The Rule of the Lazy Class has an interesting article on Why the Puritan Work Ethic has No Place in IT.

The article echoes many of my personal sentiments that your administrators and developers need to be encouraged to work smarter, not harder, even to the point of having “free time.”

… You want an environment where sysadmins kick back and read IT magazines occasionally, because their run-of-the-mill administrative tasks (adding users, managing disk space, etc.) are all scripted and/or automated. They can then focus their energies on the unexpected and unavoidable issues that crop up from time-to-time.

Beyond handling the unexpected, through having this “free time” administrators will have the ability to identify areas in need of improvement. If your administrators are running around fixing stuff all the time your team has a problem! Not only will morale, and therefore retention suffer but your administrators will have no time for evaluating new opportunities.

The best teams celebrate those who sit back and let their computers do their work for them. You want to have a project team that considers repetitive development activities to be tasteless. Sometimes necessary, but generally frowned upon.

Check out the full article and think a bit about what your team could be doing if they weren’t fighting fires all the time.

Of course this is exactly why I am writing a book on Oracle Shell Scripting due out next year.

project management, it management, information technology, database administration, system administration

Database Connection Strings

ConnectionStrings.comHere’s a cool site to look up those pesky connection strings when you’re coding. has a fairly extensive list of connection strings for all sorts of data sources and programming languages.

It doesn’t have everything, but there’s an email address if you want to submit more connection strings to the site. Why didn’t I think of this!

Thanks to Tom for sending this to me.

database, dba, database administration, database development, development, oracle, mysql, sqlserver, odbc, access, sql server

Oracle’s Dual Table

On my article about auto increment columns in Oracle Stephane asked about the use of dual in Oracle.

Dual is sort-of a dummy table. It’s a real table, but not one that should ever get updated. It exists in every Oracle database and is useful for troubleshooting and development.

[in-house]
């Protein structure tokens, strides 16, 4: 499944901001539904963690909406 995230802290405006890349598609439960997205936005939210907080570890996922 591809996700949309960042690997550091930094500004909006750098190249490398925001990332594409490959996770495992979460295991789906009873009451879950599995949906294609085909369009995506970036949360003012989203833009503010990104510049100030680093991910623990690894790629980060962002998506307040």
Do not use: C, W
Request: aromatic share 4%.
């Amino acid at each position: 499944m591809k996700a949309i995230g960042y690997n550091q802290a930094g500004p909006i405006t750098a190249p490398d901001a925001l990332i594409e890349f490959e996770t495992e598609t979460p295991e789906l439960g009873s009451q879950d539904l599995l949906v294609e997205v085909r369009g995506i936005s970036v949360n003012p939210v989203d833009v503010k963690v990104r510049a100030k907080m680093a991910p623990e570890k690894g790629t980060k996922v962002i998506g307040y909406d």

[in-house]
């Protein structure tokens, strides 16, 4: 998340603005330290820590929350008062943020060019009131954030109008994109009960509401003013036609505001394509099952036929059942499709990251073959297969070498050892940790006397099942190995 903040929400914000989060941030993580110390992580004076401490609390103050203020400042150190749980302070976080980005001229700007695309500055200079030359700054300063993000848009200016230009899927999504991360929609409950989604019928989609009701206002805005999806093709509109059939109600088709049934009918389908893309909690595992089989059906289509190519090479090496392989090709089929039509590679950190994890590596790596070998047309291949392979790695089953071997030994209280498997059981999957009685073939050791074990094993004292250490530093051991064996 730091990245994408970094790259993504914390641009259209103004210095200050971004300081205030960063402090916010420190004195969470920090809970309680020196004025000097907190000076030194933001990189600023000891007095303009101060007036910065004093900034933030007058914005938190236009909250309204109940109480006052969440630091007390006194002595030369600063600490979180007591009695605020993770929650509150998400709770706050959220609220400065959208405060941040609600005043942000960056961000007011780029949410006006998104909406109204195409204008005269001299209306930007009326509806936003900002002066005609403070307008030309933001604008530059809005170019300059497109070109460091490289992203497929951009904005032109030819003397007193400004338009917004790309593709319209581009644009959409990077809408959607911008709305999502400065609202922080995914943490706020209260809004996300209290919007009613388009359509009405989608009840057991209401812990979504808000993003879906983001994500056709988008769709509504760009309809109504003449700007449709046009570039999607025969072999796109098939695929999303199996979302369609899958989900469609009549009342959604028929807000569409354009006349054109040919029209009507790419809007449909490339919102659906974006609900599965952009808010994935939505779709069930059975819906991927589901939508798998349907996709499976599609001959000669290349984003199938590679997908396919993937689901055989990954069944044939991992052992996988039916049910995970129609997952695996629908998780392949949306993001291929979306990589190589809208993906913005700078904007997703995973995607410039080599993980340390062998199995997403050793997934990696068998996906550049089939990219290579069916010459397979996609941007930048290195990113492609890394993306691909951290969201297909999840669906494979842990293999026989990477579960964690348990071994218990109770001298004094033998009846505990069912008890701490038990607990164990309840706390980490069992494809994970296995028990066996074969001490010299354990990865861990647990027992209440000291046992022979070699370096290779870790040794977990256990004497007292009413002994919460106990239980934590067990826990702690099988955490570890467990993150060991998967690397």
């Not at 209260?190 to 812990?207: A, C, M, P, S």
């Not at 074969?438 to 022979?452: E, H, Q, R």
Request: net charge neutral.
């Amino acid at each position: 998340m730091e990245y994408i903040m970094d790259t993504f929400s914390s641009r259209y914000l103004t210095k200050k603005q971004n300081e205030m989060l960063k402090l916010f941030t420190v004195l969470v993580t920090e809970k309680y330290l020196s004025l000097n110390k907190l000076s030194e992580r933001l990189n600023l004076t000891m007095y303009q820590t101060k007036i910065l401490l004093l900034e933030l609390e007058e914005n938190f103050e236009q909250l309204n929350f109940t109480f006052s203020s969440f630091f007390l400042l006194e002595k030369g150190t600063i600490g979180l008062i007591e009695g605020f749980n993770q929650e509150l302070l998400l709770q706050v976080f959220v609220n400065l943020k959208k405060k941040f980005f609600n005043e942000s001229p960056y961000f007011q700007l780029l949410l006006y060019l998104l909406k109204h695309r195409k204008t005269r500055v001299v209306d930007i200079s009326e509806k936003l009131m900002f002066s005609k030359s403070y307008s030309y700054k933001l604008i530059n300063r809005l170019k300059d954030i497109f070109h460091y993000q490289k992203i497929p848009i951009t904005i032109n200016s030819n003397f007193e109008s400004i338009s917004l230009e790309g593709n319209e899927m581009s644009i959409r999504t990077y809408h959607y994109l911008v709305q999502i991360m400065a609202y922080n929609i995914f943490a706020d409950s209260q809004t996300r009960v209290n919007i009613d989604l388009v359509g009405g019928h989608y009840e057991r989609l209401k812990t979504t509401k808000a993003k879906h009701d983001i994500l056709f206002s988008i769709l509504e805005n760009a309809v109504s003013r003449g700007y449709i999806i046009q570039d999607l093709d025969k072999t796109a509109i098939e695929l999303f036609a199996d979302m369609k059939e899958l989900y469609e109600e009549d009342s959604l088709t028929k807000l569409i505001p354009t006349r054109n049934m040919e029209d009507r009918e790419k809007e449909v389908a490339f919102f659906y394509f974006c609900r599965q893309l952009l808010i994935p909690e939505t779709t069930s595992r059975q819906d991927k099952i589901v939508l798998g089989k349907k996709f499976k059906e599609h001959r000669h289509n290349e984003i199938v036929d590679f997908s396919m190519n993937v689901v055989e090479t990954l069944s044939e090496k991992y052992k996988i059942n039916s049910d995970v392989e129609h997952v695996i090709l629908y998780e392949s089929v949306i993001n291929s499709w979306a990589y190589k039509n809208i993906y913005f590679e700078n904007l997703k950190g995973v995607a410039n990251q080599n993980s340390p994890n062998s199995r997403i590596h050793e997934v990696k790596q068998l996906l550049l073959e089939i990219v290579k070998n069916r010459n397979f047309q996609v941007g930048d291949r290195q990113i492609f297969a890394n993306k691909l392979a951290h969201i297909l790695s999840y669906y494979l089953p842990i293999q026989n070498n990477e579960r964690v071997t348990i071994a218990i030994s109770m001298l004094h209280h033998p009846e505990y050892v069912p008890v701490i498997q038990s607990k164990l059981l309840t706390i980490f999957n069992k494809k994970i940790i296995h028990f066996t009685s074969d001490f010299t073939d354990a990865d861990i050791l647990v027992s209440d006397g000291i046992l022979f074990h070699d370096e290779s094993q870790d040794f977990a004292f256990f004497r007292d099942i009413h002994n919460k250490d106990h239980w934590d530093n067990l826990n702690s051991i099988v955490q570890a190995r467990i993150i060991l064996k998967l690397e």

If you describe dual you will see it’s definition:

SQL> desc dual;
Name Null? Type
----------------------------------------- -------- ----------------------------

Dual has only one row, but you can select the value of it.

SQL> select * from dual;


Dual can be selected by any user. Since it contains just the one row you can use it to return a single result to you, like

SQL> select sysdate from dual;


Now you could have done this against any single-row table. You could even create a single row table to select results like this, but since Oracle provides the dual table everyone tends to use it.

Thanks for the question Stephane. I think many people use Dual without knowing (or even wondering) what it is.

oracle, database administration, dba, database development

Free Oracle 10g Data Dictionary Poster

Burleson Consulting is offering this free poster of the Oracle 10g data dictionary views

10g Data Dictionary Poster

This is a nice compliment to the Tusc V$Views poster. You pay $5.99 for shipping, but believe me, the first time you use this in a pinch to find the name of one of those pesky dictionary tables it will have paid itself off.

Get yours now from Burleson Consulting and while you’re there check out Burleson Consulting’s Daily Oracle News

oracle, data dictionary, database administration, dba, dbms

Oracle Auto Increment Columns – Part 2

Three separate people have commented on my previous article on How to Create Auto Increment Columns in Oracle asking how they can retrieve the value of an auto increment column for use later in their code. Well Daniel, Shaun and Zach, here’s the answer.

After you have referenced sequence.NEXTVAL for a particular sequence (or it is referenced on your behalf by, say, a trigger), you can then reference sequence.CURRVAL to get the value just used for NEXTVAL.

To illustrate this we’ll use the table, sequence, and trigger created in my previous article.

If we insert a row into the table test, the trigger test_trigger automatically calls test_sequence.NEXTVAL.

SQL> insert into test (name) values ('Matt');

1 row created.

We now have test_sequence.CURRVAL available in that session.

SQL> select test_sequence.currval from dual;


In this simple example we can confirm this is the same value just used with this simple query:

SQL> select * from test
where name='Matt';

---------- ------------------------------
8 Matt

Now if we wanted to use this value in another SQL statement, say for an insert on a table which uses this as a foreign key constraint, we can include it on our insert like this:

SQL> insert into tool (owner_id, tool)
values (test_sequence.CURRVAL, 'hammer');

1 row created.

SQL> select * from tool;

---------- ------------------------------
8 hammer

Of course, if we just want to see the value of test_sequence.CURRVAL we can select it from our favorite table dual.

SQL> select test_sequence.currval from dual;


For the table, sequence and trigger used here see my original article on auto increment fields.